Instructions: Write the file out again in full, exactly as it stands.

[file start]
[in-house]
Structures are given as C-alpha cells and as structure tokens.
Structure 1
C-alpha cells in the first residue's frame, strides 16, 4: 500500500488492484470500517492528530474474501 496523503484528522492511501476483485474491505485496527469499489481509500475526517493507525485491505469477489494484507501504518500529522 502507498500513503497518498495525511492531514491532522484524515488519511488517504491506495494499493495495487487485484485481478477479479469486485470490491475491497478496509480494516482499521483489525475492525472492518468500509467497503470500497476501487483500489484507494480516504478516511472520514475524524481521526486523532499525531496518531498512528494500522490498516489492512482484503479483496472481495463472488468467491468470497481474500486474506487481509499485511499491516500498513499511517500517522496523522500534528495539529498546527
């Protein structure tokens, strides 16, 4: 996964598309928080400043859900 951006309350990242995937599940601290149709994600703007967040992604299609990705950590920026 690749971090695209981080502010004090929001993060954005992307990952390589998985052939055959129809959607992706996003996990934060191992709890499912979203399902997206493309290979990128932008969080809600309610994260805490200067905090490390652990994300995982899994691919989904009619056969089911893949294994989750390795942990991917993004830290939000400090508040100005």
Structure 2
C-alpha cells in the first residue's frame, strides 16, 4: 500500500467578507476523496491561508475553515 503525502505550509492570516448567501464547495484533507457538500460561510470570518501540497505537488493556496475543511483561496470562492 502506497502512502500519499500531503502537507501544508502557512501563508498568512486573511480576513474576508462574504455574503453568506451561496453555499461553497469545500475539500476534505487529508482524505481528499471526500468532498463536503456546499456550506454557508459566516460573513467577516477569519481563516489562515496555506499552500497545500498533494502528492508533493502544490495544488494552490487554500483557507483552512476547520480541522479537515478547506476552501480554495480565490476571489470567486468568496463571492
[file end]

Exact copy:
[in-house]
Structures are given as C-alpha cells and as structure tokens.
Structure 1
C-alpha cells in the first residue's frame, strides 16, 4: 500500500488492484470500517492528530474474501 496523503484528522492511501476483485474491505485496527469499489481509500475526517493507525485491505469477489494484507501504518500529522 502507498500513503497518498495525511492531514491532522484524515488519511488517504491506495494499493495495487487485484485481478477479479469486485470490491475491497478496509480494516482499521483489525475492525472492518468500509467497503470500497476501487483500489484507494480516504478516511472520514475524524481521526486523532499525531496518531498512528494500522490498516489492512482484503479483496472481495463472488468467491468470497481474500486474506487481509499485511499491516500498513499511517500517522496523522500534528495539529498546527
């Protein structure tokens, strides 16, 4: 996964598309928080400043859900 951006309350990242995937599940601290149709994600703007967040992604299609990705950590920026 690749971090695209981080502010004090929001993060954005992307990952390589998985052939055959129809959607992706996003996990934060191992709890499912979203399902997206493309290979990128932008969080809600309610994260805490200067905090490390652990994300995982899994691919989904009619056969089911893949294994989750390795942990991917993004830290939000400090508040100005």
Structure 2
C-alpha cells in the first residue's frame, strides 16, 4: 500500500467578507476523496491561508475553515 503525502505550509492570516448567501464547495484533507457538500460561510470570518501540497505537488493556496475543511483561496470562492 502506497502512502500519499500531503502537507501544508502557512501563508498568512486573511480576513474576508462574504455574503453568506451561496453555499461553497469545500475539500476534505487529508482524505481528499471526500468532498463536503456546499456550506454557508459566516460573513467577516477569519481563516489562515496555506499552500497545500498533494502528492508533493502544490495544488494552490487554500483557507483552512476547520480541522479537515478547506476552501480554495480565490476571489470567486468568496463571492